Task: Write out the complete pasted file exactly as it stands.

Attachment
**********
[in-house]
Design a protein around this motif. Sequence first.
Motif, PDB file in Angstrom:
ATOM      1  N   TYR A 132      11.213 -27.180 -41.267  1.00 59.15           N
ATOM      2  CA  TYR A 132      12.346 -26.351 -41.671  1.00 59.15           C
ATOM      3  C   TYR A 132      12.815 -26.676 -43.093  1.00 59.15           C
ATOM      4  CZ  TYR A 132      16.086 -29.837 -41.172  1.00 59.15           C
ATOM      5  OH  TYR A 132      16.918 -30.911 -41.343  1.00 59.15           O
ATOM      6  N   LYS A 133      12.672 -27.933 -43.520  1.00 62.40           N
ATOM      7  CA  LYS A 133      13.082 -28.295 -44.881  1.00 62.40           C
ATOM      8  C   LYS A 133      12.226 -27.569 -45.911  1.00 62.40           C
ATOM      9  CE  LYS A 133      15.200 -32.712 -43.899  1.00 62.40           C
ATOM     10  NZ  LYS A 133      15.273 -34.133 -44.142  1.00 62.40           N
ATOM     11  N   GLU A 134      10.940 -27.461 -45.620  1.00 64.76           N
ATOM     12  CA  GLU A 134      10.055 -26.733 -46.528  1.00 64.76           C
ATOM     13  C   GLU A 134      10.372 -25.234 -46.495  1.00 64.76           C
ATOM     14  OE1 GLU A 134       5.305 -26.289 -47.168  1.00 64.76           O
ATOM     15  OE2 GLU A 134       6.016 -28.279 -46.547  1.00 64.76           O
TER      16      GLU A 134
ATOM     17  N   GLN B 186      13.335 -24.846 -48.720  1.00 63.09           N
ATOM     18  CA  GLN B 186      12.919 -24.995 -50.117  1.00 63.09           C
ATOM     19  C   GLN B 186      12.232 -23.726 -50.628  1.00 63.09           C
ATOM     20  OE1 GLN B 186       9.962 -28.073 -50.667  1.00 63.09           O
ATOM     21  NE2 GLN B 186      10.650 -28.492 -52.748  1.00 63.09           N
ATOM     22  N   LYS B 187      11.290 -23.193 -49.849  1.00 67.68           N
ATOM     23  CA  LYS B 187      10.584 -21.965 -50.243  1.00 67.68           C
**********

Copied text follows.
[in-house]
Design a protein around this motif. Sequence first.
Motif, PDB file in Angstrom:
ATOM      1  N   TYR A 132      11.213 -27.180 -41.267  1.00 59.15           N
ATOM      2  CA  TYR A 132      12.346 -26.351 -41.671  1.00 59.15           C
ATOM      3  C   TYR A 132      12.815 -26.676 -43.093  1.00 59.15           C
ATOM      4  CZ  TYR A 132      16.086 -29.837 -41.172  1.00 59.15           C
ATOM      5  OH  TYR A 132      16.918 -30.911 -41.343  1.00 59.15           O
ATOM      6  N   LYS A 133      12.672 -27.933 -43.520  1.00 62.40           N
ATOM      7  CA  LYS A 133      13.082 -28.295 -44.881  1.00 62.40           C
ATOM      8  C   LYS A 133      12.226 -27.569 -45.911  1.00 62.40           C
ATOM      9  CE  LYS A 133      15.200 -32.712 -43.899  1.00 62.40           C
ATOM     10  NZ  LYS A 133      15.273 -34.133 -44.142  1.00 62.40           N
ATOM     11  N   GLU A 134      10.940 -27.461 -45.620  1.00 64.76           N
ATOM     12  CA  GLU A 134      10.055 -26.733 -46.528  1.00 64.76           C
ATOM     13  C   GLU A 134      10.372 -25.234 -46.495  1.00 64.76           C
ATOM     14  OE1 GLU A 134       5.305 -26.289 -47.168  1.00 64.76           O
ATOM     15  OE2 GLU A 134       6.016 -28.279 -46.547  1.00 64.76           O
TER      16      GLU A 134
ATOM     17  N   GLN B 186      13.335 -24.846 -48.720  1.00 63.09           N
ATOM     18  CA  GLN B 186      12.919 -24.995 -50.117  1.00 63.09           C
ATOM     19  C   GLN B 186      12.232 -23.726 -50.628  1.00 63.09           C
ATOM     20  OE1 GLN B 186       9.962 -28.073 -50.667  1.00 63.09           O
ATOM     21  NE2 GLN B 186      10.650 -28.492 -52.748  1.00 63.09           N
ATOM     22  N   LYS B 187      11.290 -23.193 -49.849  1.00 67.68           N
ATOM     23  CA  LYS B 187      10.584 -21.965 -50.243  1.00 67.68           C